3D space conservation in triples with unconserved base content

Structure comparisons between the four 23S rRNA structures used showed that several triple locations have variable base content, although the equivalent base positions superpose well and occupy a similar structural space (Figure 4). In some cases, this observation can be attributed to unique interactions, such as inter-domain interactions, which may vary between different species while still maintaining the general fold of the phosphate backbone containing these bases (Figure 4A). For all three cases presented in Figure 4, the 3D space occupied is approximately similar for each case and does not appear to shift the phosphate backbone drastically despite the variety of base combinations. The geometric orientation for structurally equivalent triples with conserved 3D space, are conserved in almost all the cases (Figure 4). In some cases, the geometric orientation of an interaction is not conserved due to the equivalent bases not interacting via hydrogen bonds as per the criteria of this survey such as in Figure 4A or may have an additional interacting edge such as the case for U2652 of the GGU triple in Additional File 1 Table S3 and Figure 4C.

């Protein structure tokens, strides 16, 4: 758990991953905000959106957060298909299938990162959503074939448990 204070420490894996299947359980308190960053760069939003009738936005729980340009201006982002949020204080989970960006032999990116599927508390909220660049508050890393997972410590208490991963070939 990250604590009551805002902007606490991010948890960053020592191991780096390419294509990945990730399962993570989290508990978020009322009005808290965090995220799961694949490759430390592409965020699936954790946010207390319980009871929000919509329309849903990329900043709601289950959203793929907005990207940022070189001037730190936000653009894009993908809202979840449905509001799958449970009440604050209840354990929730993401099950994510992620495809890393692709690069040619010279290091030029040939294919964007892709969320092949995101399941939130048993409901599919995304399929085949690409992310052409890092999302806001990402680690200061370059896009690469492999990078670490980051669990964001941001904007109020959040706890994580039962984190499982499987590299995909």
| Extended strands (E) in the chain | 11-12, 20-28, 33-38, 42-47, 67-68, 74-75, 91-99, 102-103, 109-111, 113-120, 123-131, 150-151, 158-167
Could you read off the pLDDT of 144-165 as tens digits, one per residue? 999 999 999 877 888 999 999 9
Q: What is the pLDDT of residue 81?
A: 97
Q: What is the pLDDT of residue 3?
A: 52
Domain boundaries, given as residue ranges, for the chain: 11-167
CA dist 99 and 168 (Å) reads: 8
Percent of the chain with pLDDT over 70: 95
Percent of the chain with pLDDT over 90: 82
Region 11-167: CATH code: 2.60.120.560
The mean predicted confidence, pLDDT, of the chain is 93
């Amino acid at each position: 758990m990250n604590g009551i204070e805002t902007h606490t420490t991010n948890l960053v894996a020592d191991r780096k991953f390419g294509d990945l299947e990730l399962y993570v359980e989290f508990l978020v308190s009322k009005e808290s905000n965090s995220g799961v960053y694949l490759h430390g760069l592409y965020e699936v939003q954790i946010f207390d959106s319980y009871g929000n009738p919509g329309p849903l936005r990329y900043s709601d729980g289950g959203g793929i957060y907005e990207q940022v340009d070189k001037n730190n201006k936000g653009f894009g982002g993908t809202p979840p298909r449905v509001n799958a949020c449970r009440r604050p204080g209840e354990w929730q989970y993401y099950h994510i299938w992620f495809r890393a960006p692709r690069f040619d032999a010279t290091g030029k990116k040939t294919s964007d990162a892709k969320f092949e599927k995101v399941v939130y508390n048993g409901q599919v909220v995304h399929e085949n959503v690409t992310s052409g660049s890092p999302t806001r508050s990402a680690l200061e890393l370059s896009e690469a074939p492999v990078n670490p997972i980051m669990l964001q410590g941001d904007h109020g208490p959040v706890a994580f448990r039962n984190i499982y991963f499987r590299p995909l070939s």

Figure 4
figure 4

Least squares superpositions of H. marismortui triples that were not conserved in sequence with the three other structures (D. radiodurans, E. coli, T. thermophilus,). These show maintenance of equivalent structural spaces where (A) documents possibly organism specific domain interfacing interactions; (B) interactions where variation occurs as a whole triple; (C) interactions where most variations may have gone through a single base mutation step. The equivalent triples selected from the alignment of 23 different prokaryotic species from Table 1 are shown to the right of each corresponding triple superposition.

Sequence variation has also been observed at points of inter-domain interactions. These triples are quite possibly the result of opportunistic interactions resulting from the placement of the component nucleotides by the conservation of the sugar-phosphate backbone fold. These opportunistic interactions are therefore expected to vary between different species and therefore the geometric family of the interactions is also not expected to be conserved. One such example is the A2841.C2087.G2657 triple in H. marismortui (Figure 4A) which has equivalently placed bases in the E. coli, T. thermophilus and D. radiodurans structures that however differ in sequence. This is an interaction between domains V and VI where the geometry of interaction for positions equivalent to A2841 (DVI) are not conserved. As previously noted, the formation of triples that are unconserved in sequence can be seen as an opportunistic mechanism for effecting sequence diversity while still preserving the backbone conformation of the structure in general.